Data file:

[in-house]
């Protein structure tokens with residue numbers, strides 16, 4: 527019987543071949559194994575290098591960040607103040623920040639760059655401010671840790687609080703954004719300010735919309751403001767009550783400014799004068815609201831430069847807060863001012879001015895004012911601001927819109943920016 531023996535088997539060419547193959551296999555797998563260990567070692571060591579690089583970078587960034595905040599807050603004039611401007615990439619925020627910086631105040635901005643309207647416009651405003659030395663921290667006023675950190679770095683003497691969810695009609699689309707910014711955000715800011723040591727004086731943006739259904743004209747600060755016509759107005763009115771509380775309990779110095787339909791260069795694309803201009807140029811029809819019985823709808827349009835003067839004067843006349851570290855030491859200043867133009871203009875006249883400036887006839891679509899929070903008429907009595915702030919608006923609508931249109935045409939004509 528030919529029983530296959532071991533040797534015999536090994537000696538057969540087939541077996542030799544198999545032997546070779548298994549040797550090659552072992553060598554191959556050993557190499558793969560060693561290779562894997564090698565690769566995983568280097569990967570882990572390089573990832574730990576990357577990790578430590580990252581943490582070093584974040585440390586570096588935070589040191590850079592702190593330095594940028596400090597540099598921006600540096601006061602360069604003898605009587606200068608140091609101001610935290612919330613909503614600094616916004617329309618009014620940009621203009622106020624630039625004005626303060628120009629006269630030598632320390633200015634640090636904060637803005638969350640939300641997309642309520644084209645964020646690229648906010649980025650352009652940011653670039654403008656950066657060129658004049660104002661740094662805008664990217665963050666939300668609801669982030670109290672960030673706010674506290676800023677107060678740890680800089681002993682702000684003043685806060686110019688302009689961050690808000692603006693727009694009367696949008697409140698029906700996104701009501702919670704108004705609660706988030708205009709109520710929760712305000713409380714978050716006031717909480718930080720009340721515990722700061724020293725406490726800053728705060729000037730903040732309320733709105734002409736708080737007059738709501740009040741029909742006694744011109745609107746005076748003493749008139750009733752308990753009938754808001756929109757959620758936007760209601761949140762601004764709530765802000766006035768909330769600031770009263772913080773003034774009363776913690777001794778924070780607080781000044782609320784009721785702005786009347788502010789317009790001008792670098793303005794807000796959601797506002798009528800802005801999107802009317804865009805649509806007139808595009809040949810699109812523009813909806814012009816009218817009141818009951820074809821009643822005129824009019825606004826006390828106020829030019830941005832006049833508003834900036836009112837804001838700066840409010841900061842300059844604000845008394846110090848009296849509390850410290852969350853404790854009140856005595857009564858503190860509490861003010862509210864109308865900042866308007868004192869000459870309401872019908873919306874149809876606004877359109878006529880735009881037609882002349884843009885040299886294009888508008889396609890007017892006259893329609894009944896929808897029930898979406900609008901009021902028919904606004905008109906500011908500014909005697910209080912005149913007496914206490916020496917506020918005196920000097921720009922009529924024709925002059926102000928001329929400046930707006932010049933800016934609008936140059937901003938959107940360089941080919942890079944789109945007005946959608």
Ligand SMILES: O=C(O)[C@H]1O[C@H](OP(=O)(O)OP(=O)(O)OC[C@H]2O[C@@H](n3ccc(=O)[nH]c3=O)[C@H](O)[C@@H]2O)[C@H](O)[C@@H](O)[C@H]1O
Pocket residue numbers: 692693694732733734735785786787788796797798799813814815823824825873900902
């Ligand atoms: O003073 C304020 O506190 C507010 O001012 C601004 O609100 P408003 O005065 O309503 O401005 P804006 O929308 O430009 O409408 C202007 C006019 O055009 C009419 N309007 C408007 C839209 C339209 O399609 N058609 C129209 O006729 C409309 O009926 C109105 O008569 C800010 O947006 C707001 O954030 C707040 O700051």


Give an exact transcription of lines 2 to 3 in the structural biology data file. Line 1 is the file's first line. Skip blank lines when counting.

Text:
């Protein structure tokens with residue numbers, strides 16, 4: 527019987543071949559194994575290098591960040607103040623920040639760059655401010671840790687609080703954004719300010735919309751403001767009550783400014799004068815609201831430069847807060863001012879001015895004012911601001927819109943920016 531023996535088997539060419547193959551296999555797998563260990567070692571060591579690089583970078587960034595905040599807050603004039611401007615990439619925020627910086631105040635901005643309207647416009651405003659030395663921290667006023675950190679770095683003497691969810695009609699689309707910014711955000715800011723040591727004086731943006739259904743004209747600060755016509759107005763009115771509380775309990779110095787339909791260069795694309803201009807140029811029809819019985823709808827349009835003067839004067843006349851570290855030491859200043867133009871203009875006249883400036887006839891679509899929070903008429907009595915702030919608006923609508931249109935045409939004509 528030919529029983530296959532071991533040797534015999536090994537000696538057969540087939541077996542030799544198999545032997546070779548298994549040797550090659552072992553060598554191959556050993557190499558793969560060693561290779562894997564090698565690769566995983568280097569990967570882990572390089573990832574730990576990357577990790578430590580990252581943490582070093584974040585440390586570096588935070589040191590850079592702190593330095594940028596400090597540099598921006600540096601006061602360069604003898605009587606200068608140091609101001610935290612919330613909503614600094616916004617329309618009014620940009621203009622106020624630039625004005626303060628120009629006269630030598632320390633200015634640090636904060637803005638969350640939300641997309642309520644084209645964020646690229648906010649980025650352009652940011653670039654403008656950066657060129658004049660104002661740094662805008664990217665963050666939300668609801669982030670109290672960030673706010674506290676800023677107060678740890680800089681002993682702000684003043685806060686110019688302009689961050690808000692603006693727009694009367696949008697409140698029906700996104701009501702919670704108004705609660706988030708205009709109520710929760712305000713409380714978050716006031717909480718930080720009340721515990722700061724020293725406490726800053728705060729000037730903040732309320733709105734002409736708080737007059738709501740009040741029909742006694744011109745609107746005076748003493749008139750009733752308990753009938754808001756929109757959620758936007760209601761949140762601004764709530765802000766006035768909330769600031770009263772913080773003034774009363776913690777001794778924070780607080781000044782609320784009721785702005786009347788502010789317009790001008792670098793303005794807000796959601797506002798009528800802005801999107802009317804865009805649509806007139808595009809040949810699109812523009813909806814012009816009218817009141818009951820074809821009643822005129824009019825606004826006390828106020829030019830941005832006049833508003834900036836009112837804001838700066840409010841900061842300059844604000845008394846110090848009296849509390850410290852969350853404790854009140856005595857009564858503190860509490861003010862509210864109308865900042866308007868004192869000459870309401872019908873919306874149809876606004877359109878006529880735009881037609882002349884843009885040299886294009888508008889396609890007017892006259893329609894009944896929808897029930898979406900609008901009021902028919904606004905008109906500011908500014909005697910209080912005149913007496914206490916020496917506020918005196920000097921720009922009529924024709925002059926102000928001329929400046930707006932010049933800016934609008936140059937901003938959107940360089941080919942890079944789109945007005946959608």
Ligand SMILES: O=C(O)[C@H]1O[C@H](OP(=O)(O)OP(=O)(O)OC[C@H]2O[C@@H](n3ccc(=O)[nH]c3=O)[C@H](O)[C@@H]2O)[C@H](O)[C@@H](O)[C@H]1O